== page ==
Over the past decade, policymakers in Washington, D.C., Ottawa, and Mexico City generally failed to take meaningful action to reduce global greenhouse gases (GHGs), even as leading municipalities, states and provinces and firms worked to move forward with climate policy making. With ongoing global climate change negotiations and climate policy debates heating up in the United States Congress, it is time to think more seriously about North American climate change governance. To date, North American politicians, and particularly those in the United States, have paid little attention to continental options to reduce GHG emissions.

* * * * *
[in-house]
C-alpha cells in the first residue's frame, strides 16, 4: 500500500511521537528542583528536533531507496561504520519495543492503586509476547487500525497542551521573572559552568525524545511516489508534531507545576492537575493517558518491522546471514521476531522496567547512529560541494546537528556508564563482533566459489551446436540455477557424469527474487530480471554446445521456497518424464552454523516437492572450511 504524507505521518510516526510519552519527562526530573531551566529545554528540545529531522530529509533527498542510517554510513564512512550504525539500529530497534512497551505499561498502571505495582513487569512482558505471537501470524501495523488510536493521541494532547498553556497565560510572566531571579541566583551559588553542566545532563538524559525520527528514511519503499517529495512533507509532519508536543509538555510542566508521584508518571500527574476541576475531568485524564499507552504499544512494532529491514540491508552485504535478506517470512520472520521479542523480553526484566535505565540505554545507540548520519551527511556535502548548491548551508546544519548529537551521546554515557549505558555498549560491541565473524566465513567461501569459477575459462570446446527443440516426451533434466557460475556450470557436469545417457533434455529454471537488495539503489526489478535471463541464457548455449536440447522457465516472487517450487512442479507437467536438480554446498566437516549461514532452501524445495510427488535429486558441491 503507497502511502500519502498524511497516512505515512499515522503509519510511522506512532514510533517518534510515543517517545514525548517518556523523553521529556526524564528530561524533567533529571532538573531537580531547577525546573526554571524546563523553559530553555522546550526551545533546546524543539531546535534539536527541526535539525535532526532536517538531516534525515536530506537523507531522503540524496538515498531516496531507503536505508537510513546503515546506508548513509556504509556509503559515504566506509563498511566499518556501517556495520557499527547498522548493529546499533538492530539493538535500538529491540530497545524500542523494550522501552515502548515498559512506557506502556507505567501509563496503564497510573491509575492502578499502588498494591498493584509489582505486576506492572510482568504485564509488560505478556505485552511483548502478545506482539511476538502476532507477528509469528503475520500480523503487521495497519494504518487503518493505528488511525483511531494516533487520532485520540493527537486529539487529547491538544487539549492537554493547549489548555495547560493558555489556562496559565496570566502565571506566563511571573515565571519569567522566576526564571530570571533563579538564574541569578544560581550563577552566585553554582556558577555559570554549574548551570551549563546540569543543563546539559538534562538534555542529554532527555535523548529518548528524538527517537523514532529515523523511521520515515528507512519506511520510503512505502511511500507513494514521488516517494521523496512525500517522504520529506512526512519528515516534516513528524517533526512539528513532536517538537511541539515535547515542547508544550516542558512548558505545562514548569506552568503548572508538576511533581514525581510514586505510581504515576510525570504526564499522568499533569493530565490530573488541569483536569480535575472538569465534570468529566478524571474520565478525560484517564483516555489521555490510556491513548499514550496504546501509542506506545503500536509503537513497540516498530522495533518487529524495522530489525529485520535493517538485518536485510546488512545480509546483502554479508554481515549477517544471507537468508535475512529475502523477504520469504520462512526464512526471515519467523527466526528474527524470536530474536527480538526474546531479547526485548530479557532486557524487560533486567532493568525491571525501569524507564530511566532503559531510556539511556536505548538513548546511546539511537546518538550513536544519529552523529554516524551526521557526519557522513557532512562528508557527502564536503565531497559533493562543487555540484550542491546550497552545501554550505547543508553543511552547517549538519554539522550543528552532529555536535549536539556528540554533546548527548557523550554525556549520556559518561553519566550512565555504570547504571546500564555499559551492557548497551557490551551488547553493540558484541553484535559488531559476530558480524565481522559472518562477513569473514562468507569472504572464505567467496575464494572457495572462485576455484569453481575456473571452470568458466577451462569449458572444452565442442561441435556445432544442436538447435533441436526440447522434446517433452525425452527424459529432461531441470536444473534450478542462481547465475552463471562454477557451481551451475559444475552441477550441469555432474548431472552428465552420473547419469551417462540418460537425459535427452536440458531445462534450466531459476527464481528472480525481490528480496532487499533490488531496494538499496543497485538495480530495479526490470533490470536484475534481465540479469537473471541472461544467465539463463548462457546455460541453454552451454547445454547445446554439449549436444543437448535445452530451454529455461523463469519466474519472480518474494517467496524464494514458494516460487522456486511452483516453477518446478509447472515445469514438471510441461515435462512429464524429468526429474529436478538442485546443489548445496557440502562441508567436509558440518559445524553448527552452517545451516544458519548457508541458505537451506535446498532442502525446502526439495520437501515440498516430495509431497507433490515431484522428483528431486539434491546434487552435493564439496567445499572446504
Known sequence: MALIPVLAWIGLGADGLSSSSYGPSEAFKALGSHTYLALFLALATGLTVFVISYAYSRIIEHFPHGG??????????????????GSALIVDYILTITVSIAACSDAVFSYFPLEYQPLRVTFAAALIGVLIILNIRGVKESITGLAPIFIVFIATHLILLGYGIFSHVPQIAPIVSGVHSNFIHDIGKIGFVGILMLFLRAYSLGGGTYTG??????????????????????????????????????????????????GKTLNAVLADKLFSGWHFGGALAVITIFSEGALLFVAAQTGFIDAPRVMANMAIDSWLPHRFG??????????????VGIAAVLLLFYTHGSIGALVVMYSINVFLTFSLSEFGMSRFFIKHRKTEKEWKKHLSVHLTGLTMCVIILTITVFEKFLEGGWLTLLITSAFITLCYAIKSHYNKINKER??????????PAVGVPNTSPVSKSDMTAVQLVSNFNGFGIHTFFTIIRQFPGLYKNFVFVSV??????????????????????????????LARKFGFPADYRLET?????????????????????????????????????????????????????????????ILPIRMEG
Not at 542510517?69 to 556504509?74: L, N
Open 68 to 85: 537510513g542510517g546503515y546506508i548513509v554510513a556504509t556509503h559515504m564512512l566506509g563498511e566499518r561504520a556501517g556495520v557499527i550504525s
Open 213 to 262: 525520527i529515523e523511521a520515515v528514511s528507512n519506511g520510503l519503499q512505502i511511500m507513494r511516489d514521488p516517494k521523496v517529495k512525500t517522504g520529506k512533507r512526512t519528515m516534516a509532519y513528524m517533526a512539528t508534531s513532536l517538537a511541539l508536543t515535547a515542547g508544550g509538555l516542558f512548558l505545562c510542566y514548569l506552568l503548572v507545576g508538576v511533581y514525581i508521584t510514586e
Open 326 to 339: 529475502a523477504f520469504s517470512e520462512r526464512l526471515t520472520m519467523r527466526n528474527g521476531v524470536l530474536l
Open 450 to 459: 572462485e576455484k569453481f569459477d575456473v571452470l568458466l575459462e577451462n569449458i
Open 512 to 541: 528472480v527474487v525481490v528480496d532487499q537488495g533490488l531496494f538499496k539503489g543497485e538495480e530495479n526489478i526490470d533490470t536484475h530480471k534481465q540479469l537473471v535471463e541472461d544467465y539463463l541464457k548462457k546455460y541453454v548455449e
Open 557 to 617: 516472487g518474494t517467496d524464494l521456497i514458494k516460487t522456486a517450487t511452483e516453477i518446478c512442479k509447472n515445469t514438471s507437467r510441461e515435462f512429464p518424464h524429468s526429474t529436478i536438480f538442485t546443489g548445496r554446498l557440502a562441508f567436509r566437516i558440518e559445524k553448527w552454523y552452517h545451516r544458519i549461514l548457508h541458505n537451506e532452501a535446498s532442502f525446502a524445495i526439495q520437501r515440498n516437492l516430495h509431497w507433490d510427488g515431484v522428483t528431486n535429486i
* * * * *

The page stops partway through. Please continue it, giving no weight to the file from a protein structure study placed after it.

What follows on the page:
If North American GHG emissions are to be reduced efficiently and effectively across public and private sector entities across the continent, with the fewest trade distortions and other economic consequences possible, federal authorities in all three countries will need to realize and act on these shared interests. In this paper, we explore North America’s current GHG output and policy actions to date, examine four possible multilevel climate governance scenarios and extol the benefits of continental climate change cooperation.